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Supernovas & Supernova Remnants
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Chandra/Hubble composite image of SN1987A
(Credit: X-ray: NASA/PSU/D.Burrows et al.; Optical: NASA/CfA/P.Challis et al.)

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Supernova 1987A:
Impact! Chandra Images a Young Supernova Blast Wave

Supernova 1987A
Credit: NASA/CXC/SAO/PSU/D.Burrows et al.

Supernova 1987A in X-rays. The Chandra X-ray image of SN 1987A made in January 2000 shows an expanding shell of hot gas produced by the supernova explosion. This observation and an earlier Chandra observation in October 1999 are the earliest X-ray images ever made of a shock wave following a supernova event. The colors represent different intensities of X-ray emission, with white being the brightest.

Recent optical observations of SN 1987A with the Hubble Space Telescope have revealed gradually brightening hot spots from a ring of matter that was ejected by the star thousands of years before it exploded. Chandra's X-ray image shows the cause for this brightening ring. A shock wave, traveling at a speed of 4,500 kilometers per second (10 million miles per hour), is smashing into portions of the optical ring. The gas in the expanding shell has a temperature of about 10 million degrees Celsius, and is visible only with an X-ray telescope.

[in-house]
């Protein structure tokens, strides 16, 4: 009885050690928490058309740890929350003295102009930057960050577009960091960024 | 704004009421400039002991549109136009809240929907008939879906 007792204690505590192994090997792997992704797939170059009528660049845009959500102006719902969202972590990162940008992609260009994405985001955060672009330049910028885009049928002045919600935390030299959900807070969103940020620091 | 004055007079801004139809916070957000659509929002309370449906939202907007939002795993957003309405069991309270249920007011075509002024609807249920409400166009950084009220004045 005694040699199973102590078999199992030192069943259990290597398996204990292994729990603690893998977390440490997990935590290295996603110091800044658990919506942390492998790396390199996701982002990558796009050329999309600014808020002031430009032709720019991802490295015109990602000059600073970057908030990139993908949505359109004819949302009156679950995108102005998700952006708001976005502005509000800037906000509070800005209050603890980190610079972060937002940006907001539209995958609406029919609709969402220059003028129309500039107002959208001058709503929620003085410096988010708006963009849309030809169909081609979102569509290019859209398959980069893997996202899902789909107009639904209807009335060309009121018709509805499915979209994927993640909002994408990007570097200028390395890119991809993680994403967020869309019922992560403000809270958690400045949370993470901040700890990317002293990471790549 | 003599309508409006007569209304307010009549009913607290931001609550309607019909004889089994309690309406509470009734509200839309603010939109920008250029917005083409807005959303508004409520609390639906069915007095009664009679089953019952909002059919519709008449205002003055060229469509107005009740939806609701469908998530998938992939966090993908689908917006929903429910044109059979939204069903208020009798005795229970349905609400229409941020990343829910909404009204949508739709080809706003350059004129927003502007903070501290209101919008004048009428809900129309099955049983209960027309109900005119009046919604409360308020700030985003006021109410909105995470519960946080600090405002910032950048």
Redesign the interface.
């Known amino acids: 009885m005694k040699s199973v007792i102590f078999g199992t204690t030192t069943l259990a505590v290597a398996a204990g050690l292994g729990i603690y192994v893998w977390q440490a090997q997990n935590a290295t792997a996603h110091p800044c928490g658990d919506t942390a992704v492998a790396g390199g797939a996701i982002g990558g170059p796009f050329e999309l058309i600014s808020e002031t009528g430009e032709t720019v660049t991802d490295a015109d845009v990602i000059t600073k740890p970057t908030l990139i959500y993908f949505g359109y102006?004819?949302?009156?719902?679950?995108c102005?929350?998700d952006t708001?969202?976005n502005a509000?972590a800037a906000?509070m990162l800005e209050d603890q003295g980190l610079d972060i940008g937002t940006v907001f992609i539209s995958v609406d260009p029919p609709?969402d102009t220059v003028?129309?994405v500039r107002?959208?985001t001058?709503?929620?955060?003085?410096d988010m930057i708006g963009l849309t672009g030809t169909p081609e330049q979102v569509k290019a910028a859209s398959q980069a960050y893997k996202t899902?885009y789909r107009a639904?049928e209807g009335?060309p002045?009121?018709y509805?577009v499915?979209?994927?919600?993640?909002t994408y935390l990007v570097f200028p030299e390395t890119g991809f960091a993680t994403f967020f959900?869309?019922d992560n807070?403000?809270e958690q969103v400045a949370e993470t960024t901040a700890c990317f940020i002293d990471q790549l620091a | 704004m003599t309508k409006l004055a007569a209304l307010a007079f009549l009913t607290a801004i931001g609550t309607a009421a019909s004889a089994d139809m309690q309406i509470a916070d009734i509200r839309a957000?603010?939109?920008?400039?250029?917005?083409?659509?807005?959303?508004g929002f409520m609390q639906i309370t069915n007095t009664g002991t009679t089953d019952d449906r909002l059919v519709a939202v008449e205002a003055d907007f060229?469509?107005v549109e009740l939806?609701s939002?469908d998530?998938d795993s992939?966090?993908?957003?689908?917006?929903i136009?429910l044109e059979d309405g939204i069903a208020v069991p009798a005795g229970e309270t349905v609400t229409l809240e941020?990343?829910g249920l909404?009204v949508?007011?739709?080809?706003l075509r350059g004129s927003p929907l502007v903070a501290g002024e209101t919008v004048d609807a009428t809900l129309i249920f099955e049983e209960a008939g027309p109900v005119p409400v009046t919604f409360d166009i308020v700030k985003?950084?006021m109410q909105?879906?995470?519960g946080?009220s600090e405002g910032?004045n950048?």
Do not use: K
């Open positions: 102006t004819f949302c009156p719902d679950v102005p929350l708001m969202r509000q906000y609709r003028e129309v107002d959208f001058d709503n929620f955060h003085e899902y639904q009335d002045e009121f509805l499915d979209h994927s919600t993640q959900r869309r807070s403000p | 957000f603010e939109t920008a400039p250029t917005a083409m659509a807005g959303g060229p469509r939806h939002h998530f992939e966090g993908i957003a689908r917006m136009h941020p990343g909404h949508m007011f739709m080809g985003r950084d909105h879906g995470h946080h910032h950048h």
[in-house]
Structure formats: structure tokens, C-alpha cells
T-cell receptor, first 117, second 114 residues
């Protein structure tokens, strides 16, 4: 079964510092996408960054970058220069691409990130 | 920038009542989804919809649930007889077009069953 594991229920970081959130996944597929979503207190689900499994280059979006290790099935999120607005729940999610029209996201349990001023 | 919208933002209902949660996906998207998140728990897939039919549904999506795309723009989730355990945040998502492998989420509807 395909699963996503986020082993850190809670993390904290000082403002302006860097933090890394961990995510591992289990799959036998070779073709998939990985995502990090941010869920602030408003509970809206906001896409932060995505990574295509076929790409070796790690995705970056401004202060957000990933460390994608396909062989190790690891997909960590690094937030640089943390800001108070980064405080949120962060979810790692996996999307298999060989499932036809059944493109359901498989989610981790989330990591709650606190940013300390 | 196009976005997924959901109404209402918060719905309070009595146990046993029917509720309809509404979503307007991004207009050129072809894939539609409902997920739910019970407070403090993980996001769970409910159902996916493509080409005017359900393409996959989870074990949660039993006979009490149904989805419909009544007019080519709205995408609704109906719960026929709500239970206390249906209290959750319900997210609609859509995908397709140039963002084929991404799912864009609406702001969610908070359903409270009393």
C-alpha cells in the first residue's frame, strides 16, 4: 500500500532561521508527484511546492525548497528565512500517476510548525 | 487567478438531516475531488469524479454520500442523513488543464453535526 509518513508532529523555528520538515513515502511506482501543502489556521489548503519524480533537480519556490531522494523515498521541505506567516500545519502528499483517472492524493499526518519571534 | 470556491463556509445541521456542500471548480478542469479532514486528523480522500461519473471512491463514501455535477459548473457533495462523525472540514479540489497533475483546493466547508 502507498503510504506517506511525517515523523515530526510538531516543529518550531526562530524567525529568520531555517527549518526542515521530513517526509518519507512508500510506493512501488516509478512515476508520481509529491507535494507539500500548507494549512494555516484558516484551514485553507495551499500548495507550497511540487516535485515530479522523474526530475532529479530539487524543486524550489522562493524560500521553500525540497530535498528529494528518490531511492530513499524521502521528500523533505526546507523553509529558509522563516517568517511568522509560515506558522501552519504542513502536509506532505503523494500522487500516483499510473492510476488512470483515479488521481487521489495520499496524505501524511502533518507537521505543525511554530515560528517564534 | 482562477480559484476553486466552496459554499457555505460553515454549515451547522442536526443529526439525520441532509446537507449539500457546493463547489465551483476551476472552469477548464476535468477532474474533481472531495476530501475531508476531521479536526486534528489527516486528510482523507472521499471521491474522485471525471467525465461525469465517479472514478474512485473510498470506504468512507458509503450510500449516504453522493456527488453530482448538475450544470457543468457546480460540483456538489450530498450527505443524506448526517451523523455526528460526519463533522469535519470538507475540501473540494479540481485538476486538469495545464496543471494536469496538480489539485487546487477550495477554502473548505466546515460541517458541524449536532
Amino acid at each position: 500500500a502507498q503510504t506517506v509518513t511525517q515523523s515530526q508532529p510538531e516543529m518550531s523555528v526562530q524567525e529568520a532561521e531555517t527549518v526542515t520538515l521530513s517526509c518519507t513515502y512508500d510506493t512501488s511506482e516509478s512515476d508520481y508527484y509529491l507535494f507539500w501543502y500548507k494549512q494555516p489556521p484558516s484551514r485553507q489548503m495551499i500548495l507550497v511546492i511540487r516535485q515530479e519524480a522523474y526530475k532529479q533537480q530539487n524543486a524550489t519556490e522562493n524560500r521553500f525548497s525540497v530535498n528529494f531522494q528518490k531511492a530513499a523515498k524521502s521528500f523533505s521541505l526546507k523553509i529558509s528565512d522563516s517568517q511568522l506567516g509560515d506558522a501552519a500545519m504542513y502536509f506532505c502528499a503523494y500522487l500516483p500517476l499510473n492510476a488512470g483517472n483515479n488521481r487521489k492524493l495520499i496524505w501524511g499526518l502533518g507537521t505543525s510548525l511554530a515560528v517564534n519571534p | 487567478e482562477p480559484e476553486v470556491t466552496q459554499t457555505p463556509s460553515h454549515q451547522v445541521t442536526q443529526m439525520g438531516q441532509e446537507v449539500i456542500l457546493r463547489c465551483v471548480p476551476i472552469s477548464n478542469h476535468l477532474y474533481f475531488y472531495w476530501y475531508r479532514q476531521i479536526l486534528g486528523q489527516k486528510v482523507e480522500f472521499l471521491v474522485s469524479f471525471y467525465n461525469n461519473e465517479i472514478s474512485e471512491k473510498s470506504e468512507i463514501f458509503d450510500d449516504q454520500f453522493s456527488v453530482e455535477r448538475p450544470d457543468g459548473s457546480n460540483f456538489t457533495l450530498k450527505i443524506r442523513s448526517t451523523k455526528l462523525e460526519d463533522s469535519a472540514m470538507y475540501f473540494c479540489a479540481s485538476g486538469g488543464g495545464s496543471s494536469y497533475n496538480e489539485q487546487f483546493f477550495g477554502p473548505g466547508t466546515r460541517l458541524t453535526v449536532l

SN 1987A is in the Large Magellanic Cloud, a nearby galaxy that is 160,000 light years from Earth. Although SN 1987A was a spectacularly violent event, we are watching it from a very safe distance. For a supernova to do real damage to us, it would have to occur at a distance of less than about a hundred light years, more than a thousand times closer than SN1987A.

Fast Facts for Supernova 1987A:
Credit  NASA/CXC/SAO/PSU/D.Burrows et al.
Scale  Image is 3 arcsec across.
Category  Supernovas & Supernova Remnants
Coordinates (J2000)  RA 05h 35m 28.30s | Dec -69° 16' 13"
Constellation  Dorado
Observation Dates  January 17, 2000
Observation Time  3 hours
Obs. IDs  122
Color Code  Intensity
Instrument  ACIS
Also Known As Supernova 1987A
References D.Burrows et al (submitted to ApJ) (2000)
Distance Estimate  168,000 light years
Release Date  May 11, 2000